Customize and Socialize Your Art with JuicyCanvas

January 25, 2013

3:00 pm

Have you ever had a space on the walls of your home that you just couldn’t seem to fill? Maybe you tried a variety of paintings, a couple of pieces of metal wall art, or even some type of sconce scenario, but nothing could quite inhabit the space the way you pictured it in your mind.

For those of us who are choosy about our wall decor, JuicyCanvas presents a customized and creative solution. You can personalize your art before purchasing it, and yet everything on the site was originally created by international artists, so your inner art collector can still feel satisfied about your choice.

According to JuicyCanvas “Communication Czar” Zach Napolitano:

“We’re a transformative startup using patent-pending technology and the power of social media to change art, fashion, and consumption…forever.”

JuicyCanvas customers can select curated artworks, tweak them to their liking, and purchase them on wall art canvases – and even T-shirts.

The company’s philosophy is based in the belief that customization brings the voice back to the consumer while creating an emotional connection to their purchase. JuicyCanvas wants to give its customers a way to express their own inspiration, as they become part of a new class, the “consumer co-creator.”

This philosophy, combined with an innovative social component to the art business, is what makes JuicyCanvas stand out.

“With the option to personalize and then share remixed products through their social networks – even before purchasing – we are doing more than transforming the creative process, we are blurring the line between creator and purchaser for all consumer products that feature artwork as an integral part of their offering,” says Napolitano.

Like many of his fellow artists, JuicyCanvas CEO and cofounder Artur Maklyarevsk has a rich background upon which to draw for inspiration. Maklyarevsk was born in communist Russia and immigrated to New York City at age four with his single mother, who struggled working three jobs to put him through graduate school.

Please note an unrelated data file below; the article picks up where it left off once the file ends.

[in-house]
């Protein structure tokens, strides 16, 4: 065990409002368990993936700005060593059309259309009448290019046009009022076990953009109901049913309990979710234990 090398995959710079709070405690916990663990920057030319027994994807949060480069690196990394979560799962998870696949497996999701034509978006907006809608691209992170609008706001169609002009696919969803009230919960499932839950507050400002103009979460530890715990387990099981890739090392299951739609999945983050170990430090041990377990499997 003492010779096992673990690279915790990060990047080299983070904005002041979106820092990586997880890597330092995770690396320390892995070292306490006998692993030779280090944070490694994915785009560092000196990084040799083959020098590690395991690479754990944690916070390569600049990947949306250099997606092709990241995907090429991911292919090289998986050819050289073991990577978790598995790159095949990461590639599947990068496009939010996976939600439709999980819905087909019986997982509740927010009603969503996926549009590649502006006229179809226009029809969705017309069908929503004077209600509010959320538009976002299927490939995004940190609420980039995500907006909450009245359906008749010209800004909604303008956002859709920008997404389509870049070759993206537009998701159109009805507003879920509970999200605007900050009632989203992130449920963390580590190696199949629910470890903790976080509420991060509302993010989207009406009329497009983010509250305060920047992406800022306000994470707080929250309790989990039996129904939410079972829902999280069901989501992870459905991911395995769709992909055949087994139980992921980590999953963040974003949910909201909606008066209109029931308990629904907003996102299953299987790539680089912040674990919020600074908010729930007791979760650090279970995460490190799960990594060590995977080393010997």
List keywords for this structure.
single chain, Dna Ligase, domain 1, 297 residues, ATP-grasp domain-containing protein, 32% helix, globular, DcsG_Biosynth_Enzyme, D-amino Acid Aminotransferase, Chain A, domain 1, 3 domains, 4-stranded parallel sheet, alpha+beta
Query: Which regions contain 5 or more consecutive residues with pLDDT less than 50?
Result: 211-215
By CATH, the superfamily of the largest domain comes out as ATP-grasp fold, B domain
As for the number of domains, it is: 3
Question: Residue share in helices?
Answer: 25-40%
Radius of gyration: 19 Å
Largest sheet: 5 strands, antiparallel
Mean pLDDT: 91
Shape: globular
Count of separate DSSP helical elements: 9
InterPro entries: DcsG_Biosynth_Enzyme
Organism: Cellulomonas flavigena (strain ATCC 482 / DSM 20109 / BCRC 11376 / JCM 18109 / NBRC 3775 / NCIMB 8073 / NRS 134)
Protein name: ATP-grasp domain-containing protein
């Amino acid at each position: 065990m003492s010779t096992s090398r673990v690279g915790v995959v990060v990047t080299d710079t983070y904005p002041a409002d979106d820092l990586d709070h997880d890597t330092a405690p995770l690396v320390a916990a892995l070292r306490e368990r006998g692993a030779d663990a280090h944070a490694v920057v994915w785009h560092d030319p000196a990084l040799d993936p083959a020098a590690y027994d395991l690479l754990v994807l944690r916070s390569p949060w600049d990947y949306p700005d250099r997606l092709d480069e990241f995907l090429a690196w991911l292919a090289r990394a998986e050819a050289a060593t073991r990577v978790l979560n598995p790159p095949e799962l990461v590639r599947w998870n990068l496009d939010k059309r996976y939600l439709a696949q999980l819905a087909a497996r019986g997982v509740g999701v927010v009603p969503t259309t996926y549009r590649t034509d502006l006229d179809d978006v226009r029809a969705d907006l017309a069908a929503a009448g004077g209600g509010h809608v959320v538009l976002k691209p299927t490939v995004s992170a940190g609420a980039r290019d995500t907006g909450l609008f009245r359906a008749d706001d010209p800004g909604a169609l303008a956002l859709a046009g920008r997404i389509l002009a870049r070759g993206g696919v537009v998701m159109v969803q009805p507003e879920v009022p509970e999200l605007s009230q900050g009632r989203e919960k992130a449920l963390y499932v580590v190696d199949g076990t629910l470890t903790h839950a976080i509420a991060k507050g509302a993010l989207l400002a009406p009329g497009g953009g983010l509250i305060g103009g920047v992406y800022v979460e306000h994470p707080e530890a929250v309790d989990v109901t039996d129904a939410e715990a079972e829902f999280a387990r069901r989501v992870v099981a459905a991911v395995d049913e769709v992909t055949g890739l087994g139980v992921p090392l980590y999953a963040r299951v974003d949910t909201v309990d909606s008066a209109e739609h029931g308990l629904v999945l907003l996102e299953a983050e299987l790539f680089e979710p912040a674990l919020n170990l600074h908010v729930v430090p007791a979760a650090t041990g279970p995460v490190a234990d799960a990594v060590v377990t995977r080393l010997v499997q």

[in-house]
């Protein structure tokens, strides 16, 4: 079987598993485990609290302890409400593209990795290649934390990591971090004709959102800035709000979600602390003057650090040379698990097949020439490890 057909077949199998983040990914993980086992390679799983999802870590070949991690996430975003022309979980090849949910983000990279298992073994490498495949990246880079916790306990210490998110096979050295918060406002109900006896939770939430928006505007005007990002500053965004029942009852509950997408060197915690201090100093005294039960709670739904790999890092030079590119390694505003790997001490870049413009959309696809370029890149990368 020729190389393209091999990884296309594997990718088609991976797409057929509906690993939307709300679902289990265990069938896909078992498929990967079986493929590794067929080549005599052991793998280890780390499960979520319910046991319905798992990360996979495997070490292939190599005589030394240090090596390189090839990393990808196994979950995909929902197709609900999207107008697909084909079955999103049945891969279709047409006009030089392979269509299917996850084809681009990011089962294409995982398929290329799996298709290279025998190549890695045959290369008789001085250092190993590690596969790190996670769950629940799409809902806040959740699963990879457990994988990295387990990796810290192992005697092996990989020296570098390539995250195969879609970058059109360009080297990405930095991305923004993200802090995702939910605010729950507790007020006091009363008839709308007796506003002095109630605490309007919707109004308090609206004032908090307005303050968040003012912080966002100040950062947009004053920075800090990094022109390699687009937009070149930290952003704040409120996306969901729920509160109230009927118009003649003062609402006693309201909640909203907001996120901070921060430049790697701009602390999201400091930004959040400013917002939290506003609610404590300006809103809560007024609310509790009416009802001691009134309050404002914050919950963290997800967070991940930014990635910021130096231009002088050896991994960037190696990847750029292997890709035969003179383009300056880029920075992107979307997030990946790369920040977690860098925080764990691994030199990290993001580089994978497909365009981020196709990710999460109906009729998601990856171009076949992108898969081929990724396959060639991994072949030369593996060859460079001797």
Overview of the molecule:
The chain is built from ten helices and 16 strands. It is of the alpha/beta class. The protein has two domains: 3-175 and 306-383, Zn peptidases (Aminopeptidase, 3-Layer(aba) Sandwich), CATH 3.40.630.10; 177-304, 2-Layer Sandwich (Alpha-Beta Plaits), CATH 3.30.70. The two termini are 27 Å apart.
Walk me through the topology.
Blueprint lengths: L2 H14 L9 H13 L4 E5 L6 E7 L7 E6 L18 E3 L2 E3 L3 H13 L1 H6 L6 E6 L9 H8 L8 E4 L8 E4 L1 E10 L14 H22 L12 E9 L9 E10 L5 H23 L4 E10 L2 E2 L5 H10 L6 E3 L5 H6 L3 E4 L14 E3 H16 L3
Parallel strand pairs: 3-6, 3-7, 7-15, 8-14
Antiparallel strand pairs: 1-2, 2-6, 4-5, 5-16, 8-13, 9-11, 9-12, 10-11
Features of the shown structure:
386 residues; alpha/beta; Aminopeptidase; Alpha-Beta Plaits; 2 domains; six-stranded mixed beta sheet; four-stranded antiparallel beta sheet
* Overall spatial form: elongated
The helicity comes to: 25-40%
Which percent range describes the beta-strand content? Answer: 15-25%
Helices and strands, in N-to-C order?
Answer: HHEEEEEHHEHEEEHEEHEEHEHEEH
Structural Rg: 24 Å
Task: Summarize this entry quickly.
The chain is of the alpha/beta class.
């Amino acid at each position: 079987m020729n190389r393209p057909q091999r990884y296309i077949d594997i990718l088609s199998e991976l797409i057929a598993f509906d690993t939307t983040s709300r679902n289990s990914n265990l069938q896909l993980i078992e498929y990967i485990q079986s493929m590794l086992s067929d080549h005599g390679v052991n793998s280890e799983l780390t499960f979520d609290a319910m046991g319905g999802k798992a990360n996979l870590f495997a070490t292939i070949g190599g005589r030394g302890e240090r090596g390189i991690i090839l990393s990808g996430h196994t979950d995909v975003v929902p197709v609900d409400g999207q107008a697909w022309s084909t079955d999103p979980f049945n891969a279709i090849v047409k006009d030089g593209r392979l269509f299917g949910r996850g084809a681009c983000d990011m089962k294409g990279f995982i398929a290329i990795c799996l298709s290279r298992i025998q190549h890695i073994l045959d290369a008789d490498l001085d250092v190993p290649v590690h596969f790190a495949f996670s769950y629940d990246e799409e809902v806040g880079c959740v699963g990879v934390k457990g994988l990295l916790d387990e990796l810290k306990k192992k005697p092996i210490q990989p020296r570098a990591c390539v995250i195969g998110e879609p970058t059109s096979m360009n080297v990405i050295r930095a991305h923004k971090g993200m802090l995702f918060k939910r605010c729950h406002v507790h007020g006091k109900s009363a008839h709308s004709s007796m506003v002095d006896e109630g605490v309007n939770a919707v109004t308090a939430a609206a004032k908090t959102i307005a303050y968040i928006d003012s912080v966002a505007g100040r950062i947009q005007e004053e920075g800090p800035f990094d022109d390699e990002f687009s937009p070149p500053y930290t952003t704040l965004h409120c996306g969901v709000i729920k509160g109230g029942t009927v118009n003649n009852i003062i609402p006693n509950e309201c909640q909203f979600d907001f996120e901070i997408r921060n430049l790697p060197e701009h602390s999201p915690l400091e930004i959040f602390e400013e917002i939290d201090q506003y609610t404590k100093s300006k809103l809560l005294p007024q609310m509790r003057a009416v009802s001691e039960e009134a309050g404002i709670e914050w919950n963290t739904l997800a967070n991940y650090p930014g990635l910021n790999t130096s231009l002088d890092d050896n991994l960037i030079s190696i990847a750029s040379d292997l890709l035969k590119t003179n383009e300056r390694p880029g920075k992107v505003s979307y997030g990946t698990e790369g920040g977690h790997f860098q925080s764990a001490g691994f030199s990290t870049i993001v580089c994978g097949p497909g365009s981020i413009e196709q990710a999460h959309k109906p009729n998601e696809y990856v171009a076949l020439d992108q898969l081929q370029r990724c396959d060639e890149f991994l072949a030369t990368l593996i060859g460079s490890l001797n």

After grad school, Maklyarevsk discovered that his father was still alive – and an artist – and met him after a 25-year absence. Makylarevsk made his way to Burning Man with Disorient, and then returned to NYC to throw group painting parties where people painted side by side on the same canvas.

Maklyarevsk later met his wife, Debora Brugiati, a journalist and founder of Bulkka, an art zine covering global artists. Their mutual love for street art and a desire to recreate Makylarevsk’s art parties, inspired them to co-create JuicyCanvas.

You can try JuicyCanvas for yourself at their website. Simply choose a piece of art, tweak it by adjusting the size, changing the colors, etc., and then JuicyCanvas can print your altered art and ship it to you.

And, if you’re feeling uninspired, you can share your version on social networks to get your own crowdsourced art critique before committing to that perfect piece to fill your wall.

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Meg Rayford is a communications consultant based in Northern Virginia. She previously spent two years as the Director of Public Relations for a nonprofit startup, where she learned a lot about providing clean water for impoverished countries, even within the confines of a bootstrapped startup. She is the editor of Tech Cocktail, and she develops media strategies for companies in Washington, DC and Virginia. You can read her most recent work in the marketing chapter of the upcoming book, "Social Innovation and Impact in Nonprofit Leadership," which will be published in Spring 2014 by Springer Publishing. Follow her @megkrayford.

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